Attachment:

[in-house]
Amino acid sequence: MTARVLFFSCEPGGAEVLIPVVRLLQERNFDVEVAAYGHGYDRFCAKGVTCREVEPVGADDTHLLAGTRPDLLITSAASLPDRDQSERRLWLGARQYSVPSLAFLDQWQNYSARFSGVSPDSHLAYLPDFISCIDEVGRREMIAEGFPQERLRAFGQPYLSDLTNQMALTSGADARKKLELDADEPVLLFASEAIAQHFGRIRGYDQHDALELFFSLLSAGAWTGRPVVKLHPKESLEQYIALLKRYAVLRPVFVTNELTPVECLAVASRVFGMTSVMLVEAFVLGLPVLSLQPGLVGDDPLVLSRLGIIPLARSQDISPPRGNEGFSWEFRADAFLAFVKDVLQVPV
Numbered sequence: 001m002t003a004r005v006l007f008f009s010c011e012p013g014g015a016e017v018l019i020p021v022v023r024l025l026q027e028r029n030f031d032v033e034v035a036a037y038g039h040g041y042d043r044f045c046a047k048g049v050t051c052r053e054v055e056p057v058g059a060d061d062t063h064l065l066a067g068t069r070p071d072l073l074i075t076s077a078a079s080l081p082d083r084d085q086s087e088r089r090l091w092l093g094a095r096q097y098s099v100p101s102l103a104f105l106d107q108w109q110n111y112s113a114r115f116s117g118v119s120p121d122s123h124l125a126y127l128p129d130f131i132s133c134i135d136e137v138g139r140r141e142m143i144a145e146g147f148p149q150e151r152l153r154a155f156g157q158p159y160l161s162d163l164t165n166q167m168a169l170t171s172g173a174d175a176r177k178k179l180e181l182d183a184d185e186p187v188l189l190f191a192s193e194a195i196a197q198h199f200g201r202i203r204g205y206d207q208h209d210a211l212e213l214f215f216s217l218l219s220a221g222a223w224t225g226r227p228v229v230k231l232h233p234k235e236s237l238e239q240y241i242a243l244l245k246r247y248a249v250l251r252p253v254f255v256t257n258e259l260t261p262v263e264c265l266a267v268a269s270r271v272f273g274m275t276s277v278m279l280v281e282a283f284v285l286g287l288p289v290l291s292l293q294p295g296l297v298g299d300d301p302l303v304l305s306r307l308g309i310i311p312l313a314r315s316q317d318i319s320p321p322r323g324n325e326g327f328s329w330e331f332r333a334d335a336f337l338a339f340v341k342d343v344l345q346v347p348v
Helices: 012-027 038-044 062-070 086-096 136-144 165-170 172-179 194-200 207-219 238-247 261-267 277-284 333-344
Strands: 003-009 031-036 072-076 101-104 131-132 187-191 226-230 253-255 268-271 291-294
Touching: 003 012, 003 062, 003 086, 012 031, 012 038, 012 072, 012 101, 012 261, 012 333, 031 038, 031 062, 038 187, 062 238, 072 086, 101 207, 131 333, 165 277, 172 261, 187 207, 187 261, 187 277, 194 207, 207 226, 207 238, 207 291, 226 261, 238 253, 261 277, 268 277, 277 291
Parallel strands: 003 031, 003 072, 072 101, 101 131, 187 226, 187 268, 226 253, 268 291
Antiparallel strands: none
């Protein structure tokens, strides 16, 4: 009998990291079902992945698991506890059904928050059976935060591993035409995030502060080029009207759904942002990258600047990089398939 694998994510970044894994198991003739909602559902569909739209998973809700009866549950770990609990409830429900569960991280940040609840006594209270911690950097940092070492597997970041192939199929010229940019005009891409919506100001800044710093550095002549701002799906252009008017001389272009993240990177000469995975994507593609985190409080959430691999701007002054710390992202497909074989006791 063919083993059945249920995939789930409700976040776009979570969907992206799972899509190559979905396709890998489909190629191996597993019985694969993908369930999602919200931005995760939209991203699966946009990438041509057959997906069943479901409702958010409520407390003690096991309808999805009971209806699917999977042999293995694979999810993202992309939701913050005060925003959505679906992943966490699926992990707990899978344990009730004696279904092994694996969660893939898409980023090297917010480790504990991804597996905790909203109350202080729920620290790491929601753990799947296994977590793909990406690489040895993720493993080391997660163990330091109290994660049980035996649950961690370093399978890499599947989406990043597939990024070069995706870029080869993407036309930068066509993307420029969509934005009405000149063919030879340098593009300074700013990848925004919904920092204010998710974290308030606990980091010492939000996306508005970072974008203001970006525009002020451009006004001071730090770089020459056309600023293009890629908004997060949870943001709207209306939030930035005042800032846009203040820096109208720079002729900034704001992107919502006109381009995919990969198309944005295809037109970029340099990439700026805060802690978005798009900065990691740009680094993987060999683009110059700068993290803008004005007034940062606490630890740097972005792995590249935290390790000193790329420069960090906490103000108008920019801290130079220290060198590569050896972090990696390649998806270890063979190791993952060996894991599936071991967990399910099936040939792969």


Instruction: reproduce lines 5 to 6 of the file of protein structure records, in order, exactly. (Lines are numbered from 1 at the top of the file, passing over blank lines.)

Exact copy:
Strands: 003-009 031-036 072-076 101-104 131-132 187-191 226-230 253-255 268-271 291-294
Touching: 003 012, 003 062, 003 086, 012 031, 012 038, 012 072, 012 101, 012 261, 012 333, 031 038, 031 062, 038 187, 062 238, 072 086, 101 207, 131 333, 165 277, 172 261, 187 207, 187 261, 187 277, 194 207, 207 226, 207 238, 207 291, 226 261, 238 253, 261 277, 268 277, 277 291